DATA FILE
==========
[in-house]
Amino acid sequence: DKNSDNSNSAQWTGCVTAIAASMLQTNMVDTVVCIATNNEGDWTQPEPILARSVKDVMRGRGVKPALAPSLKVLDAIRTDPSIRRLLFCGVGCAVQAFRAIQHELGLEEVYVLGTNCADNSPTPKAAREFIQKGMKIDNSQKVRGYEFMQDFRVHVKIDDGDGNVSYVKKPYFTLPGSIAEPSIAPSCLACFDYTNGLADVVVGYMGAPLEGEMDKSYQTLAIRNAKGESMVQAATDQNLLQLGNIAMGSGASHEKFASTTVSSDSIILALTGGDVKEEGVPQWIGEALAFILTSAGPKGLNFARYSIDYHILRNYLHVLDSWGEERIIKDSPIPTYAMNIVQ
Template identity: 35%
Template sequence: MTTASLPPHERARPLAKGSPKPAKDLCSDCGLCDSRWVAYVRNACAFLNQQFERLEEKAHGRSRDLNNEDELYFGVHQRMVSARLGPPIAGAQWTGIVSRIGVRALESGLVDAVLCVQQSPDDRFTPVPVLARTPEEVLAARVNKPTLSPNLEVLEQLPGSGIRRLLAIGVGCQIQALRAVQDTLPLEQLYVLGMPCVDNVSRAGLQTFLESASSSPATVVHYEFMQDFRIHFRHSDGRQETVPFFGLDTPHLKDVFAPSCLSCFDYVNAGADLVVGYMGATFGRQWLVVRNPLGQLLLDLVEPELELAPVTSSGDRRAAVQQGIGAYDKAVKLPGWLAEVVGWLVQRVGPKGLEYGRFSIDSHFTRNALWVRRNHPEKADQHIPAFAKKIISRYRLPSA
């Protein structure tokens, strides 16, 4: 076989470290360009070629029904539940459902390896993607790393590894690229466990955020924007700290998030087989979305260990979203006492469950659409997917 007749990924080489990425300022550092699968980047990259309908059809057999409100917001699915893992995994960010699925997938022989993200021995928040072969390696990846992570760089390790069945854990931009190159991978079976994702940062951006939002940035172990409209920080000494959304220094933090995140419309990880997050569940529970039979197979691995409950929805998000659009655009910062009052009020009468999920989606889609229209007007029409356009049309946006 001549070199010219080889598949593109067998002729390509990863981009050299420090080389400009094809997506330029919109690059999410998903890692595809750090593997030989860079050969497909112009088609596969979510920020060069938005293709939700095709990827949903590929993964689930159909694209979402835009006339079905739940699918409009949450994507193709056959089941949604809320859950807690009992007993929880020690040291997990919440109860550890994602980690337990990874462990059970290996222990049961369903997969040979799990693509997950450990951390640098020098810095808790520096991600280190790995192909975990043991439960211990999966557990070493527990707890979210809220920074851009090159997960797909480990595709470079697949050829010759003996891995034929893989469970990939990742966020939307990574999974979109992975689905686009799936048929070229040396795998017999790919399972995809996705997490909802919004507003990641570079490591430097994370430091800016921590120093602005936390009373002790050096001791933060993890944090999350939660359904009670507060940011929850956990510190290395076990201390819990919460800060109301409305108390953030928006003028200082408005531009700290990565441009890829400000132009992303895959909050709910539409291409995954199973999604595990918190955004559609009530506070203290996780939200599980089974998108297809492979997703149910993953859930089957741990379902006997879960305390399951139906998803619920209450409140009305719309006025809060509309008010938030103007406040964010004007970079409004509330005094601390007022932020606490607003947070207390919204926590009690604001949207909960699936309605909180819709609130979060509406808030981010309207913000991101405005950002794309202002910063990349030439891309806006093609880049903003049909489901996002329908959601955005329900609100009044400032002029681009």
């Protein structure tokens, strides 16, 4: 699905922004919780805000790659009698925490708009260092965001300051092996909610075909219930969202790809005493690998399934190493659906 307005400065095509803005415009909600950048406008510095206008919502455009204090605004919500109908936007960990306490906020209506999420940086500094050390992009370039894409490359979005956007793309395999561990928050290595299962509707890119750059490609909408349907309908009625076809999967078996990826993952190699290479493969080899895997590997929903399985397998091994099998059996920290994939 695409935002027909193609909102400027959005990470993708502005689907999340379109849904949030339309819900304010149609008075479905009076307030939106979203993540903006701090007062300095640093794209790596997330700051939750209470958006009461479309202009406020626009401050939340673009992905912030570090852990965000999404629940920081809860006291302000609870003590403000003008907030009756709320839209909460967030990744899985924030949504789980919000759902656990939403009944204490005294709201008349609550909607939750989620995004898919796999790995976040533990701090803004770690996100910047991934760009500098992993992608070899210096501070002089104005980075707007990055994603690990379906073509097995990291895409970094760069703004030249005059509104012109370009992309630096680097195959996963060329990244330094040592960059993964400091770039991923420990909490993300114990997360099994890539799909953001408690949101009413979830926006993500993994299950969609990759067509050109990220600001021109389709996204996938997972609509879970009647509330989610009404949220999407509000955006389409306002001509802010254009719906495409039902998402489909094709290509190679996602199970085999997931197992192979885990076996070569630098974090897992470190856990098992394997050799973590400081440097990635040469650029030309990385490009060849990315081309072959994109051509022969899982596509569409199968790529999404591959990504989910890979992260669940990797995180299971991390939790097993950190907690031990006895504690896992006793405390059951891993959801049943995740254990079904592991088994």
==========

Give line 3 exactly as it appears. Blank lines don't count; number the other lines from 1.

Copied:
Template identity: 35%